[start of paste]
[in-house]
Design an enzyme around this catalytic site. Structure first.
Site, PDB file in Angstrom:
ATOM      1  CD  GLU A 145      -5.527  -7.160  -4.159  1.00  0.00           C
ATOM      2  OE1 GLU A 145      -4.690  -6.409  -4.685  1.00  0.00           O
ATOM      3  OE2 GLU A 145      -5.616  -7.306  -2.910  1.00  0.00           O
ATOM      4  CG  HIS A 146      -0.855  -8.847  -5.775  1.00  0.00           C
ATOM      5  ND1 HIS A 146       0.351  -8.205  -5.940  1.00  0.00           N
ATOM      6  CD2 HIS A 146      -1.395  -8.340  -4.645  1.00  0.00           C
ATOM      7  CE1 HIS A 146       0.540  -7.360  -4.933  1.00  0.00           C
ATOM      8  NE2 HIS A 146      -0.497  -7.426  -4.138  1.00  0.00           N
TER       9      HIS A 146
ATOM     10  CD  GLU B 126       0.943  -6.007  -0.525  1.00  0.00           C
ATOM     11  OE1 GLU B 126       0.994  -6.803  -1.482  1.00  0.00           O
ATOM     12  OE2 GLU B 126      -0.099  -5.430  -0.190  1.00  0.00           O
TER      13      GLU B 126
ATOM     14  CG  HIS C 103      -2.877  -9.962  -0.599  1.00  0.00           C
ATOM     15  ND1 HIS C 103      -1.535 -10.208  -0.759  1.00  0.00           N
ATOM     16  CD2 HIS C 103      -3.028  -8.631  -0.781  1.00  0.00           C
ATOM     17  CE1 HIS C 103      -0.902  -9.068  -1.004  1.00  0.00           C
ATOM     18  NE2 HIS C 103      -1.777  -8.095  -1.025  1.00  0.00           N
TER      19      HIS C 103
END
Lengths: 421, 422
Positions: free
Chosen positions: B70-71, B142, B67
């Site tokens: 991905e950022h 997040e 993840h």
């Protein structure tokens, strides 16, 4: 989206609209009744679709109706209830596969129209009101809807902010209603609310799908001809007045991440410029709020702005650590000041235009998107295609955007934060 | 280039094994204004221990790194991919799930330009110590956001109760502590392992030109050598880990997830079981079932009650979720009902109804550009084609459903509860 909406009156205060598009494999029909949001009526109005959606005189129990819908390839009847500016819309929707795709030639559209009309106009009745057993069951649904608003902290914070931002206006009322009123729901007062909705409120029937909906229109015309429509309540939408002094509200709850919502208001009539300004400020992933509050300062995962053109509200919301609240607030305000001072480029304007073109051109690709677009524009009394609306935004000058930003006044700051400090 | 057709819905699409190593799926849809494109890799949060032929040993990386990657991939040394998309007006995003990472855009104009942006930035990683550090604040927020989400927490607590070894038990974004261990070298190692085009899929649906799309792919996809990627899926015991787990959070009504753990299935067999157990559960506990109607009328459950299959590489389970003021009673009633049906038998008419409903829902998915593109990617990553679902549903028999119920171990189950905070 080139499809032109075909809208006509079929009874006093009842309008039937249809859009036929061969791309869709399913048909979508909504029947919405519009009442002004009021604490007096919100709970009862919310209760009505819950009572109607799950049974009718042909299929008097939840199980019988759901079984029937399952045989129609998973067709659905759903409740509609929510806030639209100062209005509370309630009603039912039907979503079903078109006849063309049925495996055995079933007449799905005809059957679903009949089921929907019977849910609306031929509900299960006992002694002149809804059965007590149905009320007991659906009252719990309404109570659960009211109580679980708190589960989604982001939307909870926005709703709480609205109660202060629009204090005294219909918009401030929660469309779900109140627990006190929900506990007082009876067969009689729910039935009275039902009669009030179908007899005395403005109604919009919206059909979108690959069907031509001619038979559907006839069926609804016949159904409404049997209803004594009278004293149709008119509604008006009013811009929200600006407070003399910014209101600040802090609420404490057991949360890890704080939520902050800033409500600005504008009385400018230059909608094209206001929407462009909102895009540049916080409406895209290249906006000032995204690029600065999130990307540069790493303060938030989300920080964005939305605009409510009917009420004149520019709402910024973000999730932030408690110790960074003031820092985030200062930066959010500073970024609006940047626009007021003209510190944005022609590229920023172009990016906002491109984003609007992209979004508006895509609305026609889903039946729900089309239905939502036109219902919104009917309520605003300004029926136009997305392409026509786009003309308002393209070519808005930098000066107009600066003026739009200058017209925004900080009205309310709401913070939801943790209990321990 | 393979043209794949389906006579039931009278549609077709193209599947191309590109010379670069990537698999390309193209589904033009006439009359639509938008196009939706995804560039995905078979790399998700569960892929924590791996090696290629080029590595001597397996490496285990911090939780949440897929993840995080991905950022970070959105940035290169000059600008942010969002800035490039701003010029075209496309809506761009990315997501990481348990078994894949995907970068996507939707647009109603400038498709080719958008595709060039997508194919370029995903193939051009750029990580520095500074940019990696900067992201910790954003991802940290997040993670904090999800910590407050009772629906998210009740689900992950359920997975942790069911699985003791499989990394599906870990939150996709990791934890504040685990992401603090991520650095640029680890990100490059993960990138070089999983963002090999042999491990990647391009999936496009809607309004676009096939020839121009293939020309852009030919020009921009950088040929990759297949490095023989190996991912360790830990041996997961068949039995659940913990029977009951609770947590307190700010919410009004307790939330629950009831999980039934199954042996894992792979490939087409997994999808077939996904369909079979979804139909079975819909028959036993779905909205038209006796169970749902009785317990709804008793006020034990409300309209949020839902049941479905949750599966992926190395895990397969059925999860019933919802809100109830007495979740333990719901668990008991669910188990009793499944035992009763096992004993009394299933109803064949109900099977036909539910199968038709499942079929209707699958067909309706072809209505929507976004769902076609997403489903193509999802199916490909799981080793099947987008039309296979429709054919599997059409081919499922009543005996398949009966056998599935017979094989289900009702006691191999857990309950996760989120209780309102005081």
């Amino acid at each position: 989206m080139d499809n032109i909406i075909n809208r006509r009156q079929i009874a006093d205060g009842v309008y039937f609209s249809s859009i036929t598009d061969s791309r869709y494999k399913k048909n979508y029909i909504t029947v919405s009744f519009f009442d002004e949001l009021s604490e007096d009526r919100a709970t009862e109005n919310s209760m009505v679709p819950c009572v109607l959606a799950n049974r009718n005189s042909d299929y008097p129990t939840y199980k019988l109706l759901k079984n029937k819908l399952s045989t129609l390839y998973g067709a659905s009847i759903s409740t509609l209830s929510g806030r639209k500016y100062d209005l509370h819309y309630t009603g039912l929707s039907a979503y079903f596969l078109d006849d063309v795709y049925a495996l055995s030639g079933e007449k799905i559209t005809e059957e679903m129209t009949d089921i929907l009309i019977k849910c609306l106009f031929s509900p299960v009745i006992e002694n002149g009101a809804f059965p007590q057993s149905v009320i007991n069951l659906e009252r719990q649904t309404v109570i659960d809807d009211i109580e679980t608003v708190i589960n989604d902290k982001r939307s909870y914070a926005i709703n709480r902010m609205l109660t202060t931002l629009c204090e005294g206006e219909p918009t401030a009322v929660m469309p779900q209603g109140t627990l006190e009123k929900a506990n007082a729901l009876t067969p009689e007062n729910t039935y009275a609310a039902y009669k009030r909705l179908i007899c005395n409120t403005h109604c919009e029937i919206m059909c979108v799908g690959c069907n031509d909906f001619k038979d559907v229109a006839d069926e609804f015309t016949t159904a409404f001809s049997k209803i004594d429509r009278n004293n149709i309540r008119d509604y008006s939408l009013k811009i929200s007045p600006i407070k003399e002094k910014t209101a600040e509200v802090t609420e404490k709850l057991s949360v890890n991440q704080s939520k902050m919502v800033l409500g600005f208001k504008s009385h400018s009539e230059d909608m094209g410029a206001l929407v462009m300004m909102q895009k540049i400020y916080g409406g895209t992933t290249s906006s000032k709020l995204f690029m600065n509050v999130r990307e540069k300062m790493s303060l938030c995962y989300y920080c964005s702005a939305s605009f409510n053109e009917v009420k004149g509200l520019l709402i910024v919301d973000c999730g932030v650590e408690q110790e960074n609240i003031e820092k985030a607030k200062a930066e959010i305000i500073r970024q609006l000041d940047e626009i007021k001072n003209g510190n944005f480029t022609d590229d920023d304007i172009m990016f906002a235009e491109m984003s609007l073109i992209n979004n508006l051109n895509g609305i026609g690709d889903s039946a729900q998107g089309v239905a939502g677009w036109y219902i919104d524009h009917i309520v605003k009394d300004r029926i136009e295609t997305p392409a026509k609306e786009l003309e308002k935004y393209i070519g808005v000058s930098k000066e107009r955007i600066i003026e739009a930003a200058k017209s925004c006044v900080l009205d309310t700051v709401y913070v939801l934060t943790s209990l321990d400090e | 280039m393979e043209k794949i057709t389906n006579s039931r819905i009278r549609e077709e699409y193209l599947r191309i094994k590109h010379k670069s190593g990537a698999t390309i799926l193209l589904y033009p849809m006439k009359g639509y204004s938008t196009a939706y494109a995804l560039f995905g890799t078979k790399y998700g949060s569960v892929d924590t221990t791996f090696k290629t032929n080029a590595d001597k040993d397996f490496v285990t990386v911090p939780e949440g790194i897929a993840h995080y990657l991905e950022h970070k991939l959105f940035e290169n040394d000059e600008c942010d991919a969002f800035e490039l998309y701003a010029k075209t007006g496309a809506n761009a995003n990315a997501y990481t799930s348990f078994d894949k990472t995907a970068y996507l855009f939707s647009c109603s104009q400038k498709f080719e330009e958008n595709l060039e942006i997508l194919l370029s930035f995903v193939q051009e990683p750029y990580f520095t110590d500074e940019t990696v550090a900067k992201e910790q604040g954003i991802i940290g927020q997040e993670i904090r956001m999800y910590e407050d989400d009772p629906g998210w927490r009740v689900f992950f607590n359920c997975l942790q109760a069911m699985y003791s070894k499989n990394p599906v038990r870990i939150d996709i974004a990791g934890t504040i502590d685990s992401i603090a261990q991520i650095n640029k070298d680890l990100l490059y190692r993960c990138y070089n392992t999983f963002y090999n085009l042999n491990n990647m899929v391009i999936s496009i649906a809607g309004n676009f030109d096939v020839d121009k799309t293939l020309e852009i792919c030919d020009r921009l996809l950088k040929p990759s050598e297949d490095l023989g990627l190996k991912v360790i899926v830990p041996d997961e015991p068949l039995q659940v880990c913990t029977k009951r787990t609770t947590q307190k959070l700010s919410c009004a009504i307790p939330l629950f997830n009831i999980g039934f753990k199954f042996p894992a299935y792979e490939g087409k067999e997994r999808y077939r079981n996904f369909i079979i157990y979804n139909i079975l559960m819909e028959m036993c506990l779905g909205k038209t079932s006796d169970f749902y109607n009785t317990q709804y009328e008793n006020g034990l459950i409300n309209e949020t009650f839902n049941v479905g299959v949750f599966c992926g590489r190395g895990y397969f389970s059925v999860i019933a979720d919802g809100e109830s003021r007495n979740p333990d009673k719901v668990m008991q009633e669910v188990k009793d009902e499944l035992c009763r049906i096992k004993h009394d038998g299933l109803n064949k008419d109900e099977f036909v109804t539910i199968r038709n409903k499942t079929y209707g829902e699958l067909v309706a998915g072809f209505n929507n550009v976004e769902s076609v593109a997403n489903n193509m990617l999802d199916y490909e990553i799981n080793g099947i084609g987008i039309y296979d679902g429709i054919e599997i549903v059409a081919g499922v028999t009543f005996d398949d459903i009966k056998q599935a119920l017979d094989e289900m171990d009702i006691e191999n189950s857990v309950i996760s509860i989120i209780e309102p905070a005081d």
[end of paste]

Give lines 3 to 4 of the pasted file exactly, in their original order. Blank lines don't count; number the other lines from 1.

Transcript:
Site, PDB file in Angstrom:
ATOM      1  CD  GLU A 145      -5.527  -7.160  -4.159  1.00  0.00           C